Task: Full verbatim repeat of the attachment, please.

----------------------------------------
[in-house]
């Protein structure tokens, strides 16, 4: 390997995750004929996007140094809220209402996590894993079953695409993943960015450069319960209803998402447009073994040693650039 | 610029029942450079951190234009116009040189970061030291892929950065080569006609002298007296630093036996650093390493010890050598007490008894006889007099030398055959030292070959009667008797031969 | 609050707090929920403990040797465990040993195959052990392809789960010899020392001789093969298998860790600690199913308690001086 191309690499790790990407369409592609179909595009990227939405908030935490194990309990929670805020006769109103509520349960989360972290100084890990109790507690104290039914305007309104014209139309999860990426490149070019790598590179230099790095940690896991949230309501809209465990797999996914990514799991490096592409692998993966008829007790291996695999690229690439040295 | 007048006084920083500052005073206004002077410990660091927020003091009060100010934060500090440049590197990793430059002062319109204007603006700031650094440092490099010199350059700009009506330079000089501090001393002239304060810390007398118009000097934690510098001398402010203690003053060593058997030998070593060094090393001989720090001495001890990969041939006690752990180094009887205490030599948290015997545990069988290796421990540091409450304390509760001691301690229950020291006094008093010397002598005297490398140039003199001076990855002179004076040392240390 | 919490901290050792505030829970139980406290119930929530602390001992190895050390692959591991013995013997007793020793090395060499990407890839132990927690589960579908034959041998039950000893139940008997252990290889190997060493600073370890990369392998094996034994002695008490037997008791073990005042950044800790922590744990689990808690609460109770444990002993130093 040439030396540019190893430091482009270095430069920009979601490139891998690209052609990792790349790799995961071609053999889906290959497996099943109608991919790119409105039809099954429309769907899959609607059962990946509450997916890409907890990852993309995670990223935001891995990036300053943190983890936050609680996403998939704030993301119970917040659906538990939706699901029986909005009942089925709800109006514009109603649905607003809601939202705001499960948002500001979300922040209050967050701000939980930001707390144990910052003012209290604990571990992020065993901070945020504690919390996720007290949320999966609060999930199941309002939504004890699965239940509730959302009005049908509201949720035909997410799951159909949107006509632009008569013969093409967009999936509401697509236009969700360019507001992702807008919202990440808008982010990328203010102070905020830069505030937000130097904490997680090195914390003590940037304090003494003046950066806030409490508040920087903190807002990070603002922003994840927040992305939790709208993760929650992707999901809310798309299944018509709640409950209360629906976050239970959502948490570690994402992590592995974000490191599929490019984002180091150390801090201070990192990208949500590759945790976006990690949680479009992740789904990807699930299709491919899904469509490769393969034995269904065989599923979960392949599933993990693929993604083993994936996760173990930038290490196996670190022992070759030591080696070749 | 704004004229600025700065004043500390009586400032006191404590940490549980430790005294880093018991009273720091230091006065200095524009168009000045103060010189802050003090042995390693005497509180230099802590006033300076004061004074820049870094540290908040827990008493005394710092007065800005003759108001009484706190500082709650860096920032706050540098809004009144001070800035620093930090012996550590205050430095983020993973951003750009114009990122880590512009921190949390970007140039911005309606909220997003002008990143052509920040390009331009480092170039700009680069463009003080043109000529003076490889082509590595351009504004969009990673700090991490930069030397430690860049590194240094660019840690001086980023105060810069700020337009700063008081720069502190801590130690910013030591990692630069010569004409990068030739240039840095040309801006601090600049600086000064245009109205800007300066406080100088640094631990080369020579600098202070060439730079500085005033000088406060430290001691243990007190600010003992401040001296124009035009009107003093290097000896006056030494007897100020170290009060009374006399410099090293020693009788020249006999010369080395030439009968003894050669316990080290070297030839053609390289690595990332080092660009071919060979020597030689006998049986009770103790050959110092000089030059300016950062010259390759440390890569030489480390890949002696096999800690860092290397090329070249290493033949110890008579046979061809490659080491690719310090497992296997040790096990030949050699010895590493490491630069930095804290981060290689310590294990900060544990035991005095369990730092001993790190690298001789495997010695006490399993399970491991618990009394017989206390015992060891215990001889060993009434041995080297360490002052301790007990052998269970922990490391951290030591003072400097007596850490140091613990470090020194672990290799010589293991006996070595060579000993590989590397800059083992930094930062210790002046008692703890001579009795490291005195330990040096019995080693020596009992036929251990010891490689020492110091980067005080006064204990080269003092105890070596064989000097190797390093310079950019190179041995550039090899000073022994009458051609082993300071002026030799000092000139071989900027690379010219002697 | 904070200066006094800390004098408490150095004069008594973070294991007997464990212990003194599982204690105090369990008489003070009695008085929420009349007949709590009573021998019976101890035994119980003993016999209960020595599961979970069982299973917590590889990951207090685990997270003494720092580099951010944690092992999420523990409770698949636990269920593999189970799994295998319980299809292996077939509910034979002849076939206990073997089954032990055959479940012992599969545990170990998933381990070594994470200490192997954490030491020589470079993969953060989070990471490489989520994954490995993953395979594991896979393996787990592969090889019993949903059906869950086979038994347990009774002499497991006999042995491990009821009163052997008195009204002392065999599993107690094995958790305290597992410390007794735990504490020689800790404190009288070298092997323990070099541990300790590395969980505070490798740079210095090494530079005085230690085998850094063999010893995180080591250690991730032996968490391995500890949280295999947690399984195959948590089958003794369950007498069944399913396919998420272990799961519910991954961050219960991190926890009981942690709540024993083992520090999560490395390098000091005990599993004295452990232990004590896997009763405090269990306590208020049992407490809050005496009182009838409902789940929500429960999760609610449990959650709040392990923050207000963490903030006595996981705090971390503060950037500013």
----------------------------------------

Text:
[in-house]
């Protein structure tokens, strides 16, 4: 390997995750004929996007140094809220209402996590894993079953695409993943960015450069319960209803998402447009073994040693650039 | 610029029942450079951190234009116009040189970061030291892929950065080569006609002298007296630093036996650093390493010890050598007490008894006889007099030398055959030292070959009667008797031969 | 609050707090929920403990040797465990040993195959052990392809789960010899020392001789093969298998860790600690199913308690001086 191309690499790790990407369409592609179909595009990227939405908030935490194990309990929670805020006769109103509520349960989360972290100084890990109790507690104290039914305007309104014209139309999860990426490149070019790598590179230099790095940690896991949230309501809209465990797999996914990514799991490096592409692998993966008829007790291996695999690229690439040295 | 007048006084920083500052005073206004002077410990660091927020003091009060100010934060500090440049590197990793430059002062319109204007603006700031650094440092490099010199350059700009009506330079000089501090001393002239304060810390007398118009000097934690510098001398402010203690003053060593058997030998070593060094090393001989720090001495001890990969041939006690752990180094009887205490030599948290015997545990069988290796421990540091409450304390509760001691301690229950020291006094008093010397002598005297490398140039003199001076990855002179004076040392240390 | 919490901290050792505030829970139980406290119930929530602390001992190895050390692959591991013995013997007793020793090395060499990407890839132990927690589960579908034959041998039950000893139940008997252990290889190997060493600073370890990369392998094996034994002695008490037997008791073990005042950044800790922590744990689990808690609460109770444990002993130093 040439030396540019190893430091482009270095430069920009979601490139891998690209052609990792790349790799995961071609053999889906290959497996099943109608991919790119409105039809099954429309769907899959609607059962990946509450997916890409907890990852993309995670990223935001891995990036300053943190983890936050609680996403998939704030993301119970917040659906538990939706699901029986909005009942089925709800109006514009109603649905607003809601939202705001499960948002500001979300922040209050967050701000939980930001707390144990910052003012209290604990571990992020065993901070945020504690919390996720007290949320999966609060999930199941309002939504004890699965239940509730959302009005049908509201949720035909997410799951159909949107006509632009008569013969093409967009999936509401697509236009969700360019507001992702807008919202990440808008982010990328203010102070905020830069505030937000130097904490997680090195914390003590940037304090003494003046950066806030409490508040920087903190807002990070603002922003994840927040992305939790709208993760929650992707999901809310798309299944018509709640409950209360629906976050239970959502948490570690994402992590592995974000490191599929490019984002180091150390801090201070990192990208949500590759945790976006990690949680479009992740789904990807699930299709491919899904469509490769393969034995269904065989599923979960392949599933993990693929993604083993994936996760173990930038290490196996670190022992070759030591080696070749 | 704004004229600025700065004043500390009586400032006191404590940490549980430790005294880093018991009273720091230091006065200095524009168009000045103060010189802050003090042995390693005497509180230099802590006033300076004061004074820049870094540290908040827990008493005394710092007065800005003759108001009484706190500082709650860096920032706050540098809004009144001070800035620093930090012996550590205050430095983020993973951003750009114009990122880590512009921190949390970007140039911005309606909220997003002008990143052509920040390009331009480092170039700009680069463009003080043109000529003076490889082509590595351009504004969009990673700090991490930069030397430690860049590194240094660019840690001086980023105060810069700020337009700063008081720069502190801590130690910013030591990692630069010569004409990068030739240039840095040309801006601090600049600086000064245009109205800007300066406080100088640094631990080369020579600098202070060439730079500085005033000088406060430290001691243990007190600010003992401040001296124009035009009107003093290097000896006056030494007897100020170290009060009374006399410099090293020693009788020249006999010369080395030439009968003894050669316990080290070297030839053609390289690595990332080092660009071919060979020597030689006998049986009770103790050959110092000089030059300016950062010259390759440390890569030489480390890949002696096999800690860092290397090329070249290493033949110890008579046979061809490659080491690719310090497992296997040790096990030949050699010895590493490491630069930095804290981060290689310590294990900060544990035991005095369990730092001993790190690298001789495997010695006490399993399970491991618990009394017989206390015992060891215990001889060993009434041995080297360490002052301790007990052998269970922990490391951290030591003072400097007596850490140091613990470090020194672990290799010589293991006996070595060579000993590989590397800059083992930094930062210790002046008692703890001579009795490291005195330990040096019995080693020596009992036929251990010891490689020492110091980067005080006064204990080269003092105890070596064989000097190797390093310079950019190179041995550039090899000073022994009458051609082993300071002026030799000092000139071989900027690379010219002697 | 904070200066006094800390004098408490150095004069008594973070294991007997464990212990003194599982204690105090369990008489003070009695008085929420009349007949709590009573021998019976101890035994119980003993016999209960020595599961979970069982299973917590590889990951207090685990997270003494720092580099951010944690092992999420523990409770698949636990269920593999189970799994295998319980299809292996077939509910034979002849076939206990073997089954032990055959479940012992599969545990170990998933381990070594994470200490192997954490030491020589470079993969953060989070990471490489989520994954490995993953395979594991896979393996787990592969090889019993949903059906869950086979038994347990009774002499497991006999042995491990009821009163052997008195009204002392065999599993107690094995958790305290597992410390007794735990504490020689800790404190009288070298092997323990070099541990300790590395969980505070490798740079210095090494530079005085230690085998850094063999010893995180080591250690991730032996968490391995500890949280295999947690399984195959948590089958003794369950007498069944399913396919998420272990799961519910991954961050219960991190926890009981942690709540024993083992520090999560490395390098000091005990599993004295452990232990004590896997009763405090269990306590208020049992407490809050005496009182009838409902789940929500429960999760609610449990959650709040392990923050207000963490903030006595996981705090971390503060950037500013």